Page 6 - Building A Big Ship
P. 6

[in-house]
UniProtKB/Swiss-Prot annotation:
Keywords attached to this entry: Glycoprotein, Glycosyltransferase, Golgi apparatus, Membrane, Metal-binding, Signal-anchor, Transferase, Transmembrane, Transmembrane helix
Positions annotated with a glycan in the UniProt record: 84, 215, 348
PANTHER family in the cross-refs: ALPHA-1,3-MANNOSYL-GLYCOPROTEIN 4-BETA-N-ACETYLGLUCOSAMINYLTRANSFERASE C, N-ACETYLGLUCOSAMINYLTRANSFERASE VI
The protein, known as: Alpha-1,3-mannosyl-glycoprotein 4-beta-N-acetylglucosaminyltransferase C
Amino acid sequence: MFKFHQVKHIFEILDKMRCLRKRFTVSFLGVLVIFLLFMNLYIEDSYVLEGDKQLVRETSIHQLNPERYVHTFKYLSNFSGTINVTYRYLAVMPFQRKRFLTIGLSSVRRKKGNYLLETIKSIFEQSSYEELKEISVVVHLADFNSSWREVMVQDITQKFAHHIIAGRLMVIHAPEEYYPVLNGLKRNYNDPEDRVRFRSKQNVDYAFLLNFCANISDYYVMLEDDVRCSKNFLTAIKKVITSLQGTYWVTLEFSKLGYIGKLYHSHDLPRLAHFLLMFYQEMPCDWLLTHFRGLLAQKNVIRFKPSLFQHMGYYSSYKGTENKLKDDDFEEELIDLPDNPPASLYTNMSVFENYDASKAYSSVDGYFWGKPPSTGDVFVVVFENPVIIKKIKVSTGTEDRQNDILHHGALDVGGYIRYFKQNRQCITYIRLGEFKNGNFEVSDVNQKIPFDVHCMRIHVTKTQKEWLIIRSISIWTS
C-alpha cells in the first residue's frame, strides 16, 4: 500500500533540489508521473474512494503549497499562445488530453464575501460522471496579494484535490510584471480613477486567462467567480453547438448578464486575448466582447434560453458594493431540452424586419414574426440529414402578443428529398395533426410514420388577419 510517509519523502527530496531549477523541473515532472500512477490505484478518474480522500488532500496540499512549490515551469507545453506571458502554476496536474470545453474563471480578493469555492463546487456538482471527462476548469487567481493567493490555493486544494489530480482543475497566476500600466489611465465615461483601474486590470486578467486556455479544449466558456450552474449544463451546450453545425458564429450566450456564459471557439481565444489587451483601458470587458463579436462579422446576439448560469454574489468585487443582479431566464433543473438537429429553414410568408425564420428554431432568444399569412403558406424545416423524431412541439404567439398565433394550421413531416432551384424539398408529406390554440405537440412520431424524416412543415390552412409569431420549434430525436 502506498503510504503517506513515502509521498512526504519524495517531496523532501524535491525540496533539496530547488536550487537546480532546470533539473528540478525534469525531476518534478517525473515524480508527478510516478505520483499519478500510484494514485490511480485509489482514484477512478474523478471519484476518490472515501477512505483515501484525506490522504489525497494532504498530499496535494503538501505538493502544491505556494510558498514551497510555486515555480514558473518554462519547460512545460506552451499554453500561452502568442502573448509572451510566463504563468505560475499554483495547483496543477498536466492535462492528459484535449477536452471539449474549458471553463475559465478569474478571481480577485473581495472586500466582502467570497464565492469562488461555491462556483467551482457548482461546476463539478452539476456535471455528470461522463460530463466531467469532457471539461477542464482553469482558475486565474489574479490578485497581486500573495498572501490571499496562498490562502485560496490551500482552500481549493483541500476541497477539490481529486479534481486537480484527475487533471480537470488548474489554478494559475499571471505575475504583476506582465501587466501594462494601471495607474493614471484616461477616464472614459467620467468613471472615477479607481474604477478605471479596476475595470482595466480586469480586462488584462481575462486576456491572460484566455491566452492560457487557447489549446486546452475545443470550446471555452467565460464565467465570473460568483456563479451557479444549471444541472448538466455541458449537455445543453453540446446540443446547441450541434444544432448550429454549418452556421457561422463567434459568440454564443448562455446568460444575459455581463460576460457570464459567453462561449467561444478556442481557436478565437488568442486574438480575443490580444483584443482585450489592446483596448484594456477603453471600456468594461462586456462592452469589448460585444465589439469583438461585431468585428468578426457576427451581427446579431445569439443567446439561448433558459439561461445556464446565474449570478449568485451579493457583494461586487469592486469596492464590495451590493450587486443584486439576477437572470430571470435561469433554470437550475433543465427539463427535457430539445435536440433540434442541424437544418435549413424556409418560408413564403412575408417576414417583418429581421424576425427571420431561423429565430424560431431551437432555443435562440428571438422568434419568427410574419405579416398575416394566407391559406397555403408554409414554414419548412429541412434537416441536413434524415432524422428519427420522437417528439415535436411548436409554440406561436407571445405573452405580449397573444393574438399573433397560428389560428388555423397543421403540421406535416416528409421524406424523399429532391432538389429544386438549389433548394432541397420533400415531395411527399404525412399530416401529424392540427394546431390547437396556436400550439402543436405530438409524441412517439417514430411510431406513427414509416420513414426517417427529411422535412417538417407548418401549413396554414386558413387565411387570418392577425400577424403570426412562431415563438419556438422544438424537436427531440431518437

BUILDING A BIG SHIP the Titanic's sister ship, by giving her double sides, though the cost of making the alteration amounted to nearly a quarter of a million pounds. So it will be seen that the features introduced in that great steamer launched on the Thames so ma,ny years ago have been of value, and the lessons taught by its method of construction have not been un- profitable. All sorts of caricatures of her were published, similar to the one on p. 140, and at last she was broken up for old iron. The . great steamships of ths prcsent duy have been made possiblo d by cheap steel. There is practically no limit to the size to rvhich they may be built, and tho only reasons why' there are not more of these immenso vessels is that they a,re so expensive and that it would be difficult to find pro- fitable employment for them on any route except that betrveen Europe and New York, and that the ports they could enter are very fqw. The ports of Liver- pool, Southampton and New York have to be constantly. dredged in order to maintain sufficient depth for ships like the Mauretania and otl lAn*t. Earlntil & $lolf, W, ''mt ' I.RA}IES a,l{D DE(-t BEAys oF TBr: " ol-ytd.prc." Olympic to enter and l12
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